limits established by law; in fixing the amount in a light felony.
each case attention shall be given, not only to Ø Bond to keep the peace is different from
the mitigating and aggravating circumstances, bail bond which is posted for the provisional
but more particularly to the wealth or means of release of a person arrested for or accused of
the culprit. a crime.

Ø The court can fix any amount of the fine

within the limits established by law.

Ø The court must consider:

• The mitigating and aggravating
circumstances; and
• More particularly, the wealth or means of
the culprit.

Ø When the law does not fix the minimum

of the fine,
• the determination of the amount of the
fine to be imposed upon the culprit

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Penalty Duration Effects Accessories

Suspension of right to
Arresto menor 1 day to 30 days hold office and right
of suffrage
Public censure
Penalty (Common to All
Three Types)


a. Deprivation of any public office or

1) Perpetual or temporary absolute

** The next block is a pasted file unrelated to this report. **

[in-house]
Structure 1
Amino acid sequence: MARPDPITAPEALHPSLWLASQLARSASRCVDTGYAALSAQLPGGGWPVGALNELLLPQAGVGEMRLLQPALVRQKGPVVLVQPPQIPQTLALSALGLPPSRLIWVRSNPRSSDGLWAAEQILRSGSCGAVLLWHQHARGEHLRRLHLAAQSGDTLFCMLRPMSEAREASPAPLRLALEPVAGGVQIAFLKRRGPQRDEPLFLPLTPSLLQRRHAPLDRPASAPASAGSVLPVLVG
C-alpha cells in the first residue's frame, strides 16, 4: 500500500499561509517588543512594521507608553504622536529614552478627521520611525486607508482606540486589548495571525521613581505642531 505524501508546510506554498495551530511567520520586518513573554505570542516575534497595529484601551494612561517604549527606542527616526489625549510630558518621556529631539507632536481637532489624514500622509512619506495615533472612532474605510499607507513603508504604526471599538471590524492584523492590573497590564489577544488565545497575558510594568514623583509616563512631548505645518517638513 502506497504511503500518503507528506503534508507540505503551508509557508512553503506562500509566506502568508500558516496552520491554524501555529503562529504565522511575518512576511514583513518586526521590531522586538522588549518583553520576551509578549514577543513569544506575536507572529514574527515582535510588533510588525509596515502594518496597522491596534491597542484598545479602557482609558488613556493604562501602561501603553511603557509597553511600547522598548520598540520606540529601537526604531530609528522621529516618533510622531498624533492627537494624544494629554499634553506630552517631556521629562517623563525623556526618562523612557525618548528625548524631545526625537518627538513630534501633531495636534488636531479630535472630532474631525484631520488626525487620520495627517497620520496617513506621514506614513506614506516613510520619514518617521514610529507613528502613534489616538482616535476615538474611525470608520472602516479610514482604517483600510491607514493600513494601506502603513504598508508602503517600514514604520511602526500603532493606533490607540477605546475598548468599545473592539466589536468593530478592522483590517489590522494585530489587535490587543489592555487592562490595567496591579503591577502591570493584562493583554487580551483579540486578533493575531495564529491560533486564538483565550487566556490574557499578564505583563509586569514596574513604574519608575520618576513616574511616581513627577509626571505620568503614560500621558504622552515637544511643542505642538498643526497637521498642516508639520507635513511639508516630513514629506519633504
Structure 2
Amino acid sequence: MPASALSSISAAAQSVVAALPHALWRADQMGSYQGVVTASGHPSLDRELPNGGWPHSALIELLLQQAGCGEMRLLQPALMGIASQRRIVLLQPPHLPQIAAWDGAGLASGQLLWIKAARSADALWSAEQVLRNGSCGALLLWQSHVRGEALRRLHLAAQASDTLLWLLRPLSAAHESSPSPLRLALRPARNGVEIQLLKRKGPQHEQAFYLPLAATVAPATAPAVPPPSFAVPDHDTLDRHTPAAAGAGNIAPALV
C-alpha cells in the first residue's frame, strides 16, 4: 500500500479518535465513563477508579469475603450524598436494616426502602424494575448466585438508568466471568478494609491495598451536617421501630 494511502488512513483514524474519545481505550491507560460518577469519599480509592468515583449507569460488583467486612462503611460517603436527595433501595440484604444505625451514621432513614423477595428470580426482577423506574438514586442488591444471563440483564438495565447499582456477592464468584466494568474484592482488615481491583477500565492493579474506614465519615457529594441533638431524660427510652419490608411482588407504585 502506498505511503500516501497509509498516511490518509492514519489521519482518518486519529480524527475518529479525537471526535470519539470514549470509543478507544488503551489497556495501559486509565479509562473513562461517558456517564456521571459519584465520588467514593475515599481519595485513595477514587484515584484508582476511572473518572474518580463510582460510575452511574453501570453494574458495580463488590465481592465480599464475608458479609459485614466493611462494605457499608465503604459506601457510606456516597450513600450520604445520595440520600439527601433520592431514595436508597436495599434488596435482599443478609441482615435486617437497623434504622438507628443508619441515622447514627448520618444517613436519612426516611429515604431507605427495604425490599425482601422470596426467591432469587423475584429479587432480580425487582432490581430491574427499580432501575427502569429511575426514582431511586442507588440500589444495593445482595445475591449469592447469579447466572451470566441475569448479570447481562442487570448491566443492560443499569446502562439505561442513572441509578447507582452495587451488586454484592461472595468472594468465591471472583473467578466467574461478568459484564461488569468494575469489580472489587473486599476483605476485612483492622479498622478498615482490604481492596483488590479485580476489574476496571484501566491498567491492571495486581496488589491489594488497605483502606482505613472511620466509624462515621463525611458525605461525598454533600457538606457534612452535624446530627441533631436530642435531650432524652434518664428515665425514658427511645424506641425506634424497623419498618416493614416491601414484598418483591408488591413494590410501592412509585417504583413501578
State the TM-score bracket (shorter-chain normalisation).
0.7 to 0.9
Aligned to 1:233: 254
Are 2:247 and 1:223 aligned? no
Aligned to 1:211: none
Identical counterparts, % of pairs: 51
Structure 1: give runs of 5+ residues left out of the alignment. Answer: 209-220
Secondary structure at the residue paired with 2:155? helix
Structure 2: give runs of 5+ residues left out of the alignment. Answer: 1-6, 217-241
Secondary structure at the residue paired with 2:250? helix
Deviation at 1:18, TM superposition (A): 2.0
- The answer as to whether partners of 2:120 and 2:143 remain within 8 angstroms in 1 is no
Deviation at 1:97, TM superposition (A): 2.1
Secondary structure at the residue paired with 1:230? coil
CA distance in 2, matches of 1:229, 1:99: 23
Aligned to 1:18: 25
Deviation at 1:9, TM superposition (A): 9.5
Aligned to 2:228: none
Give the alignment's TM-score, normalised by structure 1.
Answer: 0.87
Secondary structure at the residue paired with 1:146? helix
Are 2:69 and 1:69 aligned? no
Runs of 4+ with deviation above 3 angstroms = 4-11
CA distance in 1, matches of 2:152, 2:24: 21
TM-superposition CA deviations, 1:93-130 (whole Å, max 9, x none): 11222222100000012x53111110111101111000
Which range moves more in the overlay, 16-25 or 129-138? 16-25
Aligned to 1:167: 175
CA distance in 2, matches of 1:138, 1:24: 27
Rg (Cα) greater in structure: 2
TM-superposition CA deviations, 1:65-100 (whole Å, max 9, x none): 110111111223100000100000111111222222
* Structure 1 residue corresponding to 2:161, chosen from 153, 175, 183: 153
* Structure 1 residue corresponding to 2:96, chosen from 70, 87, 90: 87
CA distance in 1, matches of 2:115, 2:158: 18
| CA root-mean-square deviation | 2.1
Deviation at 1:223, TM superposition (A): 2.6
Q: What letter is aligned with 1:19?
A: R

employment f offender
b. Deprivation of the right to vote in
2) Perpetual or temporary special
any election or to be voted upon
c. Loss of rights to retirement pay or
3) Suspension from public office, the right
to vote and be voted for, the profession
or calling.
Ø All these effects
• last during the lifetime of the convict and
4) Civil interdiction,
• even after the service of the sentence
Ø except as regards paragraphs 2 and 3 of the
5) Indemnification/ Forfeiture or
above in connection with temporary absolute
confiscation of instruments and
proceeds of the offense,
Art. 32. Effect of the penalties of perpetual
6) Payment of costs.
or temporary special disqualification for the